Ullis went to the bathroom and carefully unfolded the business card and placed it on the sink. Then he rolled up a note and snorted the last of his wife's ashes.When Ullis discovers that his wife Aki has committed suicide, he escapes to Bombay with a bag of drugs for one final party. On the plane, he finds himself sitting by a glamorous society lady called Payal, and a friendship of sorts blooms into life. Over the coming days they embark on a whirlwind of self-destructive misadventures as Ullis attempts to mask his grief through excessive narcotics, resulting in episodes of increasing dysfunctionality that flirt with total self-obliteration - and perhaps a kind of resolution.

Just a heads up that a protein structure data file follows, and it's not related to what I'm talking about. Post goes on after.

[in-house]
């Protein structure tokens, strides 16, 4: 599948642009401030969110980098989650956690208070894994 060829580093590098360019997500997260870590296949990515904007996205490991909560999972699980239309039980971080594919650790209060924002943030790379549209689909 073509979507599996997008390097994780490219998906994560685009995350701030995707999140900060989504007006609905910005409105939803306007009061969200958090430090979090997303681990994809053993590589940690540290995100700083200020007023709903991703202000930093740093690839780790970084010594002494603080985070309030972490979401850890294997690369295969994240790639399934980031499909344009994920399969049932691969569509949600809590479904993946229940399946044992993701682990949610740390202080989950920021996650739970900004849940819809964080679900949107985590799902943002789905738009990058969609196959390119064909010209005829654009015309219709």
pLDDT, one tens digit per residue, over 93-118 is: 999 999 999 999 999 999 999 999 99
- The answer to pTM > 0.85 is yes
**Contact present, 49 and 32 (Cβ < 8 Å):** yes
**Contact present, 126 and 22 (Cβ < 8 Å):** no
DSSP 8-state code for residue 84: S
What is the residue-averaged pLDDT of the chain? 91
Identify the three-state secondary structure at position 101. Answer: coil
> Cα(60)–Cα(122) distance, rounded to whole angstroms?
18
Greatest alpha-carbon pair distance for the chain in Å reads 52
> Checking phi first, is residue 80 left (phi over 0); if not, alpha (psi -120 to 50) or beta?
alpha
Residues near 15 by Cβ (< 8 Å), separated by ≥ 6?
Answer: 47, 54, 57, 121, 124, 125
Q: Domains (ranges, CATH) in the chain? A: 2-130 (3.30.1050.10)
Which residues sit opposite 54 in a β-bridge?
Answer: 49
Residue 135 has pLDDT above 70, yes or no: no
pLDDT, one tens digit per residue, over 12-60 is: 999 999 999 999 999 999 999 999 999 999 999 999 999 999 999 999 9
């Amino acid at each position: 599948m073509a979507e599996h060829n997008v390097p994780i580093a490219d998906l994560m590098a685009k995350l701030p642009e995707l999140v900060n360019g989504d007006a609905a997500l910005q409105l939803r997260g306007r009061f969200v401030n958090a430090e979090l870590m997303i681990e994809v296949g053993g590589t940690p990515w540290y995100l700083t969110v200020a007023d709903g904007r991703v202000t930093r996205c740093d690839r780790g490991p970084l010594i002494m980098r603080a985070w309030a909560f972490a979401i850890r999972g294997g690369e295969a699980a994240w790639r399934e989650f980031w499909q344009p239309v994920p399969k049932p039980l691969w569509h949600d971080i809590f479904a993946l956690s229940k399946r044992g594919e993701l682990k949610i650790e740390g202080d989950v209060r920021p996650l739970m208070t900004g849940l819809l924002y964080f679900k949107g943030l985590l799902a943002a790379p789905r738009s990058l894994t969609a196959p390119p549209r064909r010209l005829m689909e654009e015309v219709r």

Faber & Faber
Modern & Contemporary Fiction
Jeet Thayil is a poet, musician and novelist. He was born in Kerala in 1959 and educated at Jesuit schools in Bombay, Hong Kong and New York. He worked as a journalist for twenty-three years before writing his bestselling debut novel, Narcopolis, which won the DSC Prize for South Asian Literature and was shortlisted for the Man Booker Prize and the Man Asian Literary Prize. His second novel, The Book of Chocolate Saints, was longlisted for the DSC Prize and described as 'easily the most original and formally inventive novel to come out of India in years' by Salman Rushdie. Thayil's five poetry collections include These Errors Are Correct, which won the 2013 Sahitya Akademi Award (India's National Academy of Letters) and he is also the editor of The Bloodaxe Book of Contemporary Indian Poets.